Designing Fisheries Management Policies that Conserve Marine Species Diversity in the Northern South China Sea
William W.L. Cheung and Tony J. Pitcher
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This study suggests that, under data-limited conditions, dynamic ecosystem models can be used to explore fishery management policies that aim to conserve biodiversity. The northern South China Sea is a highly diverse ecosystem where rapid expansion of fisheries and limited management has depleted resources and threatened marine biodiversity over the past five decades. Designation of marine protected areas has been suggested to be an effective and risk-averse tool to conserve and restore marine biodiversity and fishery resources. Here, a dynamic ecosystem model (Ecosim and Ecospace) was constructed using information from sporadic surveys, historical records, literature, and global databases. Effects of a two-month seasonal trawl ban set up in 1998 by the People’s Republic of China were evaluated using dynamic spatial simulations; results suggest that this is insufficient to sustain fishery resources and maintain biodiversity. Our work suggests that a combination of large marine protected areas and effective effort reduction would be necessary to maintain fishery resources and biodiversity. Our model provides quantitative support for the demand for stronger fishery management actions.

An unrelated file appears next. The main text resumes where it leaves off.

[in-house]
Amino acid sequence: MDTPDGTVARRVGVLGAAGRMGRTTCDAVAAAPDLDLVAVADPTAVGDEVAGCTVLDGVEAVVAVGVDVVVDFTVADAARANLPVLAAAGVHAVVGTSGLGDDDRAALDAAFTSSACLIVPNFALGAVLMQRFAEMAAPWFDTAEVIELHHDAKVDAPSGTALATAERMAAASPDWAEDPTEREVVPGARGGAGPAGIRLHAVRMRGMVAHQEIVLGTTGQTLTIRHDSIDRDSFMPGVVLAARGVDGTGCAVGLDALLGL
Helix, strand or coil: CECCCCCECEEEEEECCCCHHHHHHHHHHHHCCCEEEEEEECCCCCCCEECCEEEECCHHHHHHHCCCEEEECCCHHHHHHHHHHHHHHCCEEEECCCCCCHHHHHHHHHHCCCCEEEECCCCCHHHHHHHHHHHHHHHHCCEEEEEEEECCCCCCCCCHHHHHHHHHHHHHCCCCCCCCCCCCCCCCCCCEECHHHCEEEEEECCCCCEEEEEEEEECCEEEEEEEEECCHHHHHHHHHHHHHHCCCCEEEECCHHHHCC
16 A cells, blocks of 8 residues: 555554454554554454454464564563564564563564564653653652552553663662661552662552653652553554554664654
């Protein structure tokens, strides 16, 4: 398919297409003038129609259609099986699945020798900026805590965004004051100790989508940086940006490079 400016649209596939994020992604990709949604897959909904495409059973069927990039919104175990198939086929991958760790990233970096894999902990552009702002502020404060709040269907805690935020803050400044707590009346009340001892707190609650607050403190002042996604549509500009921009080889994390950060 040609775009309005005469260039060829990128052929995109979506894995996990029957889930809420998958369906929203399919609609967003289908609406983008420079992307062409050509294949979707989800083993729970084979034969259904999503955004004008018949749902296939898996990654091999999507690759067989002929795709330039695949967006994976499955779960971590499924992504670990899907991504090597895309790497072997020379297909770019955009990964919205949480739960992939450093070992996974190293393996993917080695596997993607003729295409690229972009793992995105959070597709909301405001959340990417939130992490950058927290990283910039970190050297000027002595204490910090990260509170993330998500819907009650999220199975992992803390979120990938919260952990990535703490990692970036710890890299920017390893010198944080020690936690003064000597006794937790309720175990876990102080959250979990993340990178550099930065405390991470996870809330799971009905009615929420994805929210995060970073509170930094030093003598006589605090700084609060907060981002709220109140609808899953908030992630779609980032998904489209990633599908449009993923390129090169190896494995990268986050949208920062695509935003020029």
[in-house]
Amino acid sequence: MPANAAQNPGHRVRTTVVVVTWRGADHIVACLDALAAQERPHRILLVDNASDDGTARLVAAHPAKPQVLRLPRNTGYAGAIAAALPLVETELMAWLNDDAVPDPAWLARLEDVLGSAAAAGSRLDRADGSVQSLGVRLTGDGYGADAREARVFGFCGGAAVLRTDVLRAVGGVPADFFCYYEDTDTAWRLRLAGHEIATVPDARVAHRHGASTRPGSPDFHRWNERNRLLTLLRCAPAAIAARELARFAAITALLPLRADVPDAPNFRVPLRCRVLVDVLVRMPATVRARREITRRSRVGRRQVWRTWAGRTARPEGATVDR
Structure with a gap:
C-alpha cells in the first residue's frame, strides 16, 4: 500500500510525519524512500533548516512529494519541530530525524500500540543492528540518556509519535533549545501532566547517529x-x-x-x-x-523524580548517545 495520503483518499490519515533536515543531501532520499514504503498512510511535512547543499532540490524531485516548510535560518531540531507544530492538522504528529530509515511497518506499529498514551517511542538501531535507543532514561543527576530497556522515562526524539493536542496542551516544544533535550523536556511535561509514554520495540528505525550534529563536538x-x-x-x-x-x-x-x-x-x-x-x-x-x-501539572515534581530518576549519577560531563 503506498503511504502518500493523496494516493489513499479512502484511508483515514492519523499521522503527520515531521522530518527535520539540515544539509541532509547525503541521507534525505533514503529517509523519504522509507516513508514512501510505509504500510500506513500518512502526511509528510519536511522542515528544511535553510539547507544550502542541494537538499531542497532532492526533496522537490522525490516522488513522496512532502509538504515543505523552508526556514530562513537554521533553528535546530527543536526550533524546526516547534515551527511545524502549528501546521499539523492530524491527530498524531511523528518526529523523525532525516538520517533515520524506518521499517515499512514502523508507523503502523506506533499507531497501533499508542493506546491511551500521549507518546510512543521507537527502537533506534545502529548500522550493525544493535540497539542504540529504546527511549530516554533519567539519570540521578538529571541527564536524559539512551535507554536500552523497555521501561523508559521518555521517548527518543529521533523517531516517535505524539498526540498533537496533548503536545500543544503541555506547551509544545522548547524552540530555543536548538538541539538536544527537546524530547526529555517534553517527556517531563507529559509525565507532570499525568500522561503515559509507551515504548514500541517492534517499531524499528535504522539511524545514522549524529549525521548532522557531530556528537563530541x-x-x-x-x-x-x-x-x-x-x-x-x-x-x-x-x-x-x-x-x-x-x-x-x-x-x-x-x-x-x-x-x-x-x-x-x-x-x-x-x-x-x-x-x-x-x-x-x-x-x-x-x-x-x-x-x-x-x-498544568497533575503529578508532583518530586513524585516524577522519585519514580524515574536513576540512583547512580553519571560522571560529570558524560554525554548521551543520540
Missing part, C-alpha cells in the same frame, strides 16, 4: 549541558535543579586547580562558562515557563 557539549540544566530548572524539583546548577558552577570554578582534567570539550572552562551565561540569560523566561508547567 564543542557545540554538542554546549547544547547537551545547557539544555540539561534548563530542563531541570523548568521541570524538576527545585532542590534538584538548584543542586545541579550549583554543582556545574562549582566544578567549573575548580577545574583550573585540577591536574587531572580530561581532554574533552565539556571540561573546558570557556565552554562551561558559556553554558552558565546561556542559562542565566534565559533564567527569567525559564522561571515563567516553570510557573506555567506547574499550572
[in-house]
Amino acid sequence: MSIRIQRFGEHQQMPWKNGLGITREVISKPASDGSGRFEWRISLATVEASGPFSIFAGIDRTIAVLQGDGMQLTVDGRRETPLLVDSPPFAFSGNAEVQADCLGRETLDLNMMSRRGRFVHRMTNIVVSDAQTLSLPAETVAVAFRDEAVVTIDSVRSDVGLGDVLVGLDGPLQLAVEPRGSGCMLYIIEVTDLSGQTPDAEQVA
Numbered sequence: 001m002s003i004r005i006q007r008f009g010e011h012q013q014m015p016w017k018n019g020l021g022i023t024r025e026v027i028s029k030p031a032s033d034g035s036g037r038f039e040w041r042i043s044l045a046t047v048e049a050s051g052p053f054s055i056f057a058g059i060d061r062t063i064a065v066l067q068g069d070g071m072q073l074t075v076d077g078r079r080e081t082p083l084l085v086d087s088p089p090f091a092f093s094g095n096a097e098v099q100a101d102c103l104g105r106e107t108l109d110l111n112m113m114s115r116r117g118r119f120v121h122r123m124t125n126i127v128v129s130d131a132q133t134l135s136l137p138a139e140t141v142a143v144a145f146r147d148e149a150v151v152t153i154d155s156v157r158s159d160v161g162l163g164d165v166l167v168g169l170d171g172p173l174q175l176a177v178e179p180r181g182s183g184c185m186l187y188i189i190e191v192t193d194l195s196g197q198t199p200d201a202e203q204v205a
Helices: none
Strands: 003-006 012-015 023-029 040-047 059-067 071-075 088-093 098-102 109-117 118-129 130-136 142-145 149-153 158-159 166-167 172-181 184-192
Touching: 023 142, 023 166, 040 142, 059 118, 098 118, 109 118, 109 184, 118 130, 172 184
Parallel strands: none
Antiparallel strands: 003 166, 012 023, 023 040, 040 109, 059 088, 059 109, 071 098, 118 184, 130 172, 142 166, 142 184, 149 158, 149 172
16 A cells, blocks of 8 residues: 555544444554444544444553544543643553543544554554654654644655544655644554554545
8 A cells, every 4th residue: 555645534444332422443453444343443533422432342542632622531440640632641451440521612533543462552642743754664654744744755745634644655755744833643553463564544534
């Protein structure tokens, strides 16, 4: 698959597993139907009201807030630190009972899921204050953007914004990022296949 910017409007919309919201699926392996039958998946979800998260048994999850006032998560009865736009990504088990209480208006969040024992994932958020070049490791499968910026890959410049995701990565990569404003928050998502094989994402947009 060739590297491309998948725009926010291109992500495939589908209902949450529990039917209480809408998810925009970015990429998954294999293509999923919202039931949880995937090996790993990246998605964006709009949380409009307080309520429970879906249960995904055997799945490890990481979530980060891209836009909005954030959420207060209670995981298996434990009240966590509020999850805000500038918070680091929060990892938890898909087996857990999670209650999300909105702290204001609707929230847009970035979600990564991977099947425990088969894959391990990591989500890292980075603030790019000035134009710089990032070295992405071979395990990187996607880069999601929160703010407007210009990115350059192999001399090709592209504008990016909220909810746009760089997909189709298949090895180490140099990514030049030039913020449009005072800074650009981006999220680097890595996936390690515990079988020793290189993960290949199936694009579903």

- Item number: AK-SG-05-02y
- Year: 2005
- DOI: https://doi.org/10.4027/famdis.2005.25